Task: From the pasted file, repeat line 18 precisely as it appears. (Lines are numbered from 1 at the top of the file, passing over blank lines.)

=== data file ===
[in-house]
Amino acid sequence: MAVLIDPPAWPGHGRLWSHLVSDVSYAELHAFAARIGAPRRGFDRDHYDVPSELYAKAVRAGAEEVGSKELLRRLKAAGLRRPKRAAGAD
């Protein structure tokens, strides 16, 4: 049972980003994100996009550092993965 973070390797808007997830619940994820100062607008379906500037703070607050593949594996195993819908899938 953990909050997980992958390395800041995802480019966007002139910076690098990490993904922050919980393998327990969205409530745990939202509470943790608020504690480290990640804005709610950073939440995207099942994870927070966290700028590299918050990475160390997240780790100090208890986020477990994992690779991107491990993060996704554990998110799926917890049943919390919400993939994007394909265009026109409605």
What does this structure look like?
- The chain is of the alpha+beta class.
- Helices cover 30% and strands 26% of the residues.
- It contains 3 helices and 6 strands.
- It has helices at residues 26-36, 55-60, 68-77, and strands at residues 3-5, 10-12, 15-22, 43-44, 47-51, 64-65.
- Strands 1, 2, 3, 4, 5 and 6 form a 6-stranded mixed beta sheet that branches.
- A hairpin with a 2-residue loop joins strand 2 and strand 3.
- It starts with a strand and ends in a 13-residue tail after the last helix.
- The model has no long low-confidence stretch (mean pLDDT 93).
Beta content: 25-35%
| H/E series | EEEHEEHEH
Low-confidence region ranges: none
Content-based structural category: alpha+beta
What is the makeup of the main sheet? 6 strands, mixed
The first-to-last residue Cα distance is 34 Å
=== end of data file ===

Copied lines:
The first-to-last residue Cα distance is 34 Å